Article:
Months later, the appointment was leaked to two media outlets.

Throughout the summer, Stengel remained editor of Time while it covered U.S. politics.

Most often, the covers of Time magazine are uniform.

There is a reason the major media is dying–Americans cannot trust the major media to tell us the truth. The corroboration between Democrat politicians and the mainstream media is a scandal that the mainstream media is never going to report, but as more Americans become aware of the relationship, they will find other sources of news.

Enhanced by Zemanta

When Unions And The Government Work Together

Normally it’s a good thing when different groups work together. Sometimes, however, it isn’t. Some recent events in New York State show what happens when the interests of the general population take second place to the interests of a powerful special interest group.

Yesterday Townhall, com reported that the State of New York and the public sector unions have prevented serious disciplinary action against state home-workers who mistreated their patients. On Thursday the New York Times had posted an update on a report they had done earlier on this matter.

The New York Times article reports:

The Times conducted a new review this year by looking at 227 cases decided since the beginning of 2012 in which the state had sought to fire an offending employee. The numbers remain the same. Only 23 percent of the workers recommended for dismissal by the state actually ended up being fired.

The latest review also included a second agency, the State Office of Mental Health, whose workers care for the mentally ill. The numbers were hardly different there. About 27 percent of 104 workers recommended for dismissal actually were fired, according to a review of cases at that agency. In all, The Times reviewed about 4,000 pages of records.

A recommendation to fire an employee occurs following an internal disciplinary inquiry into allegations made against the worker. The employee is represented by the union and has the right to contest the firing before an arbitrator, who can uphold the charges, reject some or all of them, or impose a lesser punishment. In some cases, the state and union will settle on a punishment before the arbitrator rules.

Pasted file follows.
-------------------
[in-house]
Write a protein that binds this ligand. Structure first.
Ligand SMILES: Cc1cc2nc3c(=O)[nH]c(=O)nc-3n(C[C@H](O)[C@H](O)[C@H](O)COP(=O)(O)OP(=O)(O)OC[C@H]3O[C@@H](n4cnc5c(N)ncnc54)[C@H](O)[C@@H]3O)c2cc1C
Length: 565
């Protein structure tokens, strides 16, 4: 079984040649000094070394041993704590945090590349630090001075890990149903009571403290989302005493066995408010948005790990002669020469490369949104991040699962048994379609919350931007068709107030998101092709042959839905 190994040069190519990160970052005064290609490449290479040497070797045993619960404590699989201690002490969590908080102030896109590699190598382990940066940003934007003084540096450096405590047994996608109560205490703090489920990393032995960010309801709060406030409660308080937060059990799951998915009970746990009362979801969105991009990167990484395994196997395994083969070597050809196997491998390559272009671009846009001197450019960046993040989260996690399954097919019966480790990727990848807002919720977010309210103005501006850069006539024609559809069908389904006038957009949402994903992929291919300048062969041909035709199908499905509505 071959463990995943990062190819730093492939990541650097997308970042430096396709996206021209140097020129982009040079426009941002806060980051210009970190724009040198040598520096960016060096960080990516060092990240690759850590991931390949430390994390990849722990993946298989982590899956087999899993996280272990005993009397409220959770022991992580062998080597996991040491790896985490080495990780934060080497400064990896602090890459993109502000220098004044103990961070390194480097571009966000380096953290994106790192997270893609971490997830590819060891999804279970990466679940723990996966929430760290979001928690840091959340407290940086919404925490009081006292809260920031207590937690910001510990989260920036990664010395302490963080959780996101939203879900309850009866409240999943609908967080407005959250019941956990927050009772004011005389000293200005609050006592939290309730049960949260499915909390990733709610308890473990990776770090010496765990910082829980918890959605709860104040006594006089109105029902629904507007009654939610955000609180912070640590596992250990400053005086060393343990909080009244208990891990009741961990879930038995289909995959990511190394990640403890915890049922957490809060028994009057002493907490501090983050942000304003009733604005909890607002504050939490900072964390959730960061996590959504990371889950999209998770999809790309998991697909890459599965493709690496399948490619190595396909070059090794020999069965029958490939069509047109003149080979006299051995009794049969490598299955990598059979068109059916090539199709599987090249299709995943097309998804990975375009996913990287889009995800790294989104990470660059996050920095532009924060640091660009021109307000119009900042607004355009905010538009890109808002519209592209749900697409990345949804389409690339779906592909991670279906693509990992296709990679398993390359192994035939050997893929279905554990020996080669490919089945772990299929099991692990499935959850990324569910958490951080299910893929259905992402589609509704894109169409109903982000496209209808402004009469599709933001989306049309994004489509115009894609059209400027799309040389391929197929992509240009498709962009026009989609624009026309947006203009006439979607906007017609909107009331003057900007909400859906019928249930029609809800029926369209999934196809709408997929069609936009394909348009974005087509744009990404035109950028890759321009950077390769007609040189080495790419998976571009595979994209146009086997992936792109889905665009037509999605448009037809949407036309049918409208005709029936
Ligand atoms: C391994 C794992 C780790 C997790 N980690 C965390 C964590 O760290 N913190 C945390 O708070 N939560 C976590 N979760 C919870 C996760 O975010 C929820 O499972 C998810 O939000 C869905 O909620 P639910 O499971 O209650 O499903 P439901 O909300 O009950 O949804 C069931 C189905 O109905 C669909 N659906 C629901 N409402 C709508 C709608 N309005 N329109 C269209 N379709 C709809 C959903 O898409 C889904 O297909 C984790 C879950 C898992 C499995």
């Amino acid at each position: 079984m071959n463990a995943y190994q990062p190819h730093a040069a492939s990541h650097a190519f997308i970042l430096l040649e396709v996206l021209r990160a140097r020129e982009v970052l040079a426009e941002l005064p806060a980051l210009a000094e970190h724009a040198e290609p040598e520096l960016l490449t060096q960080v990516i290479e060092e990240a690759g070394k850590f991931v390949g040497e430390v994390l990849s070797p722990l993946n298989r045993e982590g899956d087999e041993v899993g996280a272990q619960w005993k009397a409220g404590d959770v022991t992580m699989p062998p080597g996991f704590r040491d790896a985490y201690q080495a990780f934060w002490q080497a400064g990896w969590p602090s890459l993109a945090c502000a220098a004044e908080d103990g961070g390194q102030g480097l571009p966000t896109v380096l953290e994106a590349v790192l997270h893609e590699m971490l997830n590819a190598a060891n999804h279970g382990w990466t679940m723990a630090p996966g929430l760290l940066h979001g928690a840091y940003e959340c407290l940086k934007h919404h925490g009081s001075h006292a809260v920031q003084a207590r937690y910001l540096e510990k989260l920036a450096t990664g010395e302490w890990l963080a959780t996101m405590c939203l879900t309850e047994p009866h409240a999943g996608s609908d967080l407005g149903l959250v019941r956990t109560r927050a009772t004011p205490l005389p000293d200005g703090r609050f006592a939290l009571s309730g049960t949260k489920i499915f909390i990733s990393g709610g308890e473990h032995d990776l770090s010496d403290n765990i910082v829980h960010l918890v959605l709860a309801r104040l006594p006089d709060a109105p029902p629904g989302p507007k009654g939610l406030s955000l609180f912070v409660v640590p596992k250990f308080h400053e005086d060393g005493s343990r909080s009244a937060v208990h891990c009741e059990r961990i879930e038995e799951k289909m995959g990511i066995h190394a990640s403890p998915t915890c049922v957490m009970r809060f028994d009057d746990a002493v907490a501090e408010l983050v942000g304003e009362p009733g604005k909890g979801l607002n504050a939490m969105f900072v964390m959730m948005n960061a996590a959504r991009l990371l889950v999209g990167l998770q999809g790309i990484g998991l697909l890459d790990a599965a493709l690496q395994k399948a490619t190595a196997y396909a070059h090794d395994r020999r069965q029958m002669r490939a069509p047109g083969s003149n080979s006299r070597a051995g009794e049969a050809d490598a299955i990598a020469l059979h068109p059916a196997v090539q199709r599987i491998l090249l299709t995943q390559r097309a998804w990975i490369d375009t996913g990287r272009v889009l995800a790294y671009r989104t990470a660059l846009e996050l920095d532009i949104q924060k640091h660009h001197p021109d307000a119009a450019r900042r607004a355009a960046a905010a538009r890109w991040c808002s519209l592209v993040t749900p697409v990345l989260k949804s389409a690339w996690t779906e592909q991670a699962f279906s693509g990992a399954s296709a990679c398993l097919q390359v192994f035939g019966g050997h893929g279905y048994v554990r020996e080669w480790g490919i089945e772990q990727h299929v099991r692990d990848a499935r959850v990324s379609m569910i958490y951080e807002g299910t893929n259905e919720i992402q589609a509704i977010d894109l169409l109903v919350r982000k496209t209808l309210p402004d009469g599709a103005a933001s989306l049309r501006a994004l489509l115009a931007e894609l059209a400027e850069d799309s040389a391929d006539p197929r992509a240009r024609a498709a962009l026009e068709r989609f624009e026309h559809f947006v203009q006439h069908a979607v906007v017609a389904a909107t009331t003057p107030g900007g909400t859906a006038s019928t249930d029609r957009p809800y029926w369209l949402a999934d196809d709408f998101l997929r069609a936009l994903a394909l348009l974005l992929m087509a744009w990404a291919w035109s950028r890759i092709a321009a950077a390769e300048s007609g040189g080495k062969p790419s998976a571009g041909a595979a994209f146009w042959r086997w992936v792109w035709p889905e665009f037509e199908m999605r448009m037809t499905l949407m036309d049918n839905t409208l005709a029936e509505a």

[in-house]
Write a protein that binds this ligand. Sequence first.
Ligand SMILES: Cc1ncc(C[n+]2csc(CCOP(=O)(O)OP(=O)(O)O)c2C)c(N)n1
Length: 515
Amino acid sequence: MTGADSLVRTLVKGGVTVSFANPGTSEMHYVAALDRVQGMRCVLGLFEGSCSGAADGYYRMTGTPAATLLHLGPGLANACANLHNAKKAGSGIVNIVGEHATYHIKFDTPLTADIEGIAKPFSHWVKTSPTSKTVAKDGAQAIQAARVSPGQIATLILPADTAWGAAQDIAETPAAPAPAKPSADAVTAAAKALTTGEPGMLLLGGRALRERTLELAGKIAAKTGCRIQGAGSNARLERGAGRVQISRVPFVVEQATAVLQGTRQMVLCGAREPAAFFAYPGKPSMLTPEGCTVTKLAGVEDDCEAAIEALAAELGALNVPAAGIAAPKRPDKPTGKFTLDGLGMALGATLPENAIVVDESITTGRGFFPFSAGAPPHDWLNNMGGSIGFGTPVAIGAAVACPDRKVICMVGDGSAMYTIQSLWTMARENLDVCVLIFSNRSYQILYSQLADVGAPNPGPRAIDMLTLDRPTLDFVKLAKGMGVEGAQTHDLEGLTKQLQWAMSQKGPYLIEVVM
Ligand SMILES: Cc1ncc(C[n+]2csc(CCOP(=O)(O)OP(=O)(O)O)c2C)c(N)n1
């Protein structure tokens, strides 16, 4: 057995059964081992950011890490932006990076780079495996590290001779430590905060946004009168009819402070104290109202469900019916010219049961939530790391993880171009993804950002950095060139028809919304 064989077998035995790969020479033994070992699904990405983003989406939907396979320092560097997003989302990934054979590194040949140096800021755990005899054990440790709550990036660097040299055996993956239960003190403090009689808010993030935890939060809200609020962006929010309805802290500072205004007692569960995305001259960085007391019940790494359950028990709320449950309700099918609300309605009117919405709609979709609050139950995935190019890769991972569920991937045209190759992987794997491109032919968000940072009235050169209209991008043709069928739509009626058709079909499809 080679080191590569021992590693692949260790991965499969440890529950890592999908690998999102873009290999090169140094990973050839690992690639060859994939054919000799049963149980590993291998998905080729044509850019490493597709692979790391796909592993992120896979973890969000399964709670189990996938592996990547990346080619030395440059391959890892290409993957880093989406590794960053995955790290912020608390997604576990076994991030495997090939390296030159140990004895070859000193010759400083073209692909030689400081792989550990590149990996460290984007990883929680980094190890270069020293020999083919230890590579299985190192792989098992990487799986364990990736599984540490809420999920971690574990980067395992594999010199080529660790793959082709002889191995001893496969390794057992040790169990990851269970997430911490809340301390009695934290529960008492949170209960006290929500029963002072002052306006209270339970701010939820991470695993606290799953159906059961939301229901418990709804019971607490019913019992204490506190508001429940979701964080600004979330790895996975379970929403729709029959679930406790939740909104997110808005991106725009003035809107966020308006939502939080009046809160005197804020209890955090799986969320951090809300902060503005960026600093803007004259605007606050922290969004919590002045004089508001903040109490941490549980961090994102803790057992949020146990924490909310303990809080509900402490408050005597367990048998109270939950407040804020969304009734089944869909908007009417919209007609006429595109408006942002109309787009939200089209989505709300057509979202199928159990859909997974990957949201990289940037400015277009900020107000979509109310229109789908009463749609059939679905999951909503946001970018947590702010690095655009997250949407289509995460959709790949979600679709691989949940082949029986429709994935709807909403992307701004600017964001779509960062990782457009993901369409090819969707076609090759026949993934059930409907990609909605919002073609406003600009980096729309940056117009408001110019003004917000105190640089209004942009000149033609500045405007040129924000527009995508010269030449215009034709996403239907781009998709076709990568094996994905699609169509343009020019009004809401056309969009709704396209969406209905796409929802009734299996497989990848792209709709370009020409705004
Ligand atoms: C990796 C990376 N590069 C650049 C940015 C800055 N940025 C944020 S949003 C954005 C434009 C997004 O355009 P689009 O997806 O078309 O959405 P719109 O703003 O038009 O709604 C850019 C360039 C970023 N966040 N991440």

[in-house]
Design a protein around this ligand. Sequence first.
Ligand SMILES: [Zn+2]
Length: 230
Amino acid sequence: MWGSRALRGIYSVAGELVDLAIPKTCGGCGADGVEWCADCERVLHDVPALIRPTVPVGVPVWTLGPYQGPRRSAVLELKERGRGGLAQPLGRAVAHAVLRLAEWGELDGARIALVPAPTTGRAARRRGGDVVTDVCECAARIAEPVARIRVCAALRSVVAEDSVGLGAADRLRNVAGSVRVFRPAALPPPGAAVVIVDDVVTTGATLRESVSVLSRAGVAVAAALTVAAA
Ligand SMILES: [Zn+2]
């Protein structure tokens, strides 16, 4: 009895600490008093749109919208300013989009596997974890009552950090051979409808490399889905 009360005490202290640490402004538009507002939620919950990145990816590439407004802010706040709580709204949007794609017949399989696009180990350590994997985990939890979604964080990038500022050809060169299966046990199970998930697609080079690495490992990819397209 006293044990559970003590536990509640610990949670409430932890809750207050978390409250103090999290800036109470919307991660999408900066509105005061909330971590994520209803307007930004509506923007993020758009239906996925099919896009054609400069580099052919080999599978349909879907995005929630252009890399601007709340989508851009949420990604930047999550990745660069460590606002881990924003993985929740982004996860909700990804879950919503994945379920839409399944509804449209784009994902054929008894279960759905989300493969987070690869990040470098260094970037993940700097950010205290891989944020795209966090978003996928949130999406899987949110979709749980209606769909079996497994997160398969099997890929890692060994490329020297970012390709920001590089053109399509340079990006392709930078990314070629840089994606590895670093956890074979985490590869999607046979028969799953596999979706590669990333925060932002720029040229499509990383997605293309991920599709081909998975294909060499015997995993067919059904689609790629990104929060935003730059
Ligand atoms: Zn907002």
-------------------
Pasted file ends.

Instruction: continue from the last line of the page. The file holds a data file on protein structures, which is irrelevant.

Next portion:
As long as the unions remain major donors to the political party that runs the state, the state has no incentive to make sure union workers are properly disciplined when they behave inappropriately.

The New York Times article concludes:

Michael Carey, an advocate and the father of Jonathan Carey, whose death led to Jonathan’s Law, has been one of the Cuomo administration’s most strident critics. He has long been troubled that abuse reports are not made directly to the police, instead of filtered through a state bureaucracy. “It’s a clear violation of these individuals’ rights,” he said. He also opposed a move by the Cuomo administration that increased the standard of proof required in some child abuse cases in an effort to make the standard more consistent across a wider range of investigations.

Mr. Carey said tangible ideas intended to prevent abuse, like installing cameras in group homes, were also being ignored.

“Rampant abuse and neglect goes on,” he said. “There has not been anything significant done to stop it.”

The article at Townhall.com cncludes:

By the way–Governor Cuomo struck a deal with the CSEA (Civil Service Employees Association) six months after he was re-elected on the platform that he would address the issue of abuse. The deal included “CSEA protection from broad layoffs,” as well as the implementation of a new “Select Panel on Patient Abuse” to specifically protect the disabled and mentally ill. Two years later, CSEA employees have avoided layoffs, and the man appointed by Cuomo to lead the Justice Center for the Protection of People With Special Needs has a record of lobbying against employee accountability, and actually “lobbied against Jonathan’s Law, the legislation that forced the state to start disclosing abuse reports to parents, named after a teenager with autism who died after being asphyxiated by a state worker.” Meanwhile, the record for firing employees guilty of abuse remains at an abysmal 25%.

This is not a good situation for the residents of New York.

Enhanced by Zemanta